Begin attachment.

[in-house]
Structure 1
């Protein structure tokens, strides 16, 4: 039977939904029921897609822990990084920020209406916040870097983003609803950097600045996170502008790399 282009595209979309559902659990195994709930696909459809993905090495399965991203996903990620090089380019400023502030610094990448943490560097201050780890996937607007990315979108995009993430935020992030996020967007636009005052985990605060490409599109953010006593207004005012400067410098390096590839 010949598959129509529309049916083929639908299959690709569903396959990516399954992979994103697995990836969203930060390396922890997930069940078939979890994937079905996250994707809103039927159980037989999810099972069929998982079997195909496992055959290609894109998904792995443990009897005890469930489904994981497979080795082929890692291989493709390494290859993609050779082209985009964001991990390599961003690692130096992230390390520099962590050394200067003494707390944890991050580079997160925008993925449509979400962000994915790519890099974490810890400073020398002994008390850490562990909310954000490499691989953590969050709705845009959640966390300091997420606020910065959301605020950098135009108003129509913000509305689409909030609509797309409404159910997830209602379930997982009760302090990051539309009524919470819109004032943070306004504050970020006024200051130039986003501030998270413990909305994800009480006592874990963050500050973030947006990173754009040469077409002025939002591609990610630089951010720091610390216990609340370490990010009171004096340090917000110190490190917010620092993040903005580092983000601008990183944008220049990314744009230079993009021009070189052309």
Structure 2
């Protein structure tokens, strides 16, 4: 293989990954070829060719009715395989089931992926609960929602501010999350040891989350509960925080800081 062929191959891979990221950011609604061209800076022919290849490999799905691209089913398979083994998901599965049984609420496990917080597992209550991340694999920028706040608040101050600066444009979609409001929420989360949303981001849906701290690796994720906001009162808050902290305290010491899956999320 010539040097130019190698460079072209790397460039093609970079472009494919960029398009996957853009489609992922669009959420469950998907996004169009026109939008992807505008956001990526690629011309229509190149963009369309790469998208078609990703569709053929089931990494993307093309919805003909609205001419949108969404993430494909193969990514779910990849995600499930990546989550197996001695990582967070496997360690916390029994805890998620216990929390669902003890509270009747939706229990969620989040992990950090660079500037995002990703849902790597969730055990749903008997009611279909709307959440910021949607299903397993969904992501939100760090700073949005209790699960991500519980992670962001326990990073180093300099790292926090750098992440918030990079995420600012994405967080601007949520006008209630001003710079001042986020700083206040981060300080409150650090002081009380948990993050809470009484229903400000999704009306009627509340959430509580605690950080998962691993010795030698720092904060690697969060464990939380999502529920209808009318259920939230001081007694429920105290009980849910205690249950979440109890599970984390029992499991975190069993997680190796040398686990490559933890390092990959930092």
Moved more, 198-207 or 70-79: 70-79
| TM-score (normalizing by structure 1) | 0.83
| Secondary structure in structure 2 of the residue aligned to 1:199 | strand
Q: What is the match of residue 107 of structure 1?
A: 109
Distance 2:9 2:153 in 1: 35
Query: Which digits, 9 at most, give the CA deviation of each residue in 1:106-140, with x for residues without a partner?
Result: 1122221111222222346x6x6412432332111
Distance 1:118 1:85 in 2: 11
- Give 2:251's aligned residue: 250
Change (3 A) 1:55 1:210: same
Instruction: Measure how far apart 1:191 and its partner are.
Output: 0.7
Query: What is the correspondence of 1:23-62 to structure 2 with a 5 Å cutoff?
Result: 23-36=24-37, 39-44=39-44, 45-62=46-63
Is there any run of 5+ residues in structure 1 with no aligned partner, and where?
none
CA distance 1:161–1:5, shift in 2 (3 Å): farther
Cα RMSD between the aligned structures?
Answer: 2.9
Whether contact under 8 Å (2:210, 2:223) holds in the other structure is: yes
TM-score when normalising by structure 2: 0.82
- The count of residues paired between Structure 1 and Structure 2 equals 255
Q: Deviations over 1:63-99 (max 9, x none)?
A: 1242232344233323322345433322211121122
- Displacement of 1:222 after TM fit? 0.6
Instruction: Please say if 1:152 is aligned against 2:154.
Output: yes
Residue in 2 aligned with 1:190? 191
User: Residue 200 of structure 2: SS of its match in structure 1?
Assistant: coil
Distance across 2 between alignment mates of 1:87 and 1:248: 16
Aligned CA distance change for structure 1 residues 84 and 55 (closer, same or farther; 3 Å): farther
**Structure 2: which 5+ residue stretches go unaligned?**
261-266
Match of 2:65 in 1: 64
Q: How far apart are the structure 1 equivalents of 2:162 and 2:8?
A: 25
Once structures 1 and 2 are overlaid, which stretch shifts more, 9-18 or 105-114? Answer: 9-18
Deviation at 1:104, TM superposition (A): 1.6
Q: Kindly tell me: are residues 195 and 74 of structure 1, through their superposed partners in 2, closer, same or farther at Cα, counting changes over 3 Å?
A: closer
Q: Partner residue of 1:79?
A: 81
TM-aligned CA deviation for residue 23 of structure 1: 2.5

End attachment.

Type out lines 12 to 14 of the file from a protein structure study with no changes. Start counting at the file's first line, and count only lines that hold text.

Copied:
Query: Which digits, 9 at most, give the CA deviation of each residue in 1:106-140, with x for residues without a partner?
Result: 1122221111222222346x6x6412432332111
Distance 1:118 1:85 in 2: 11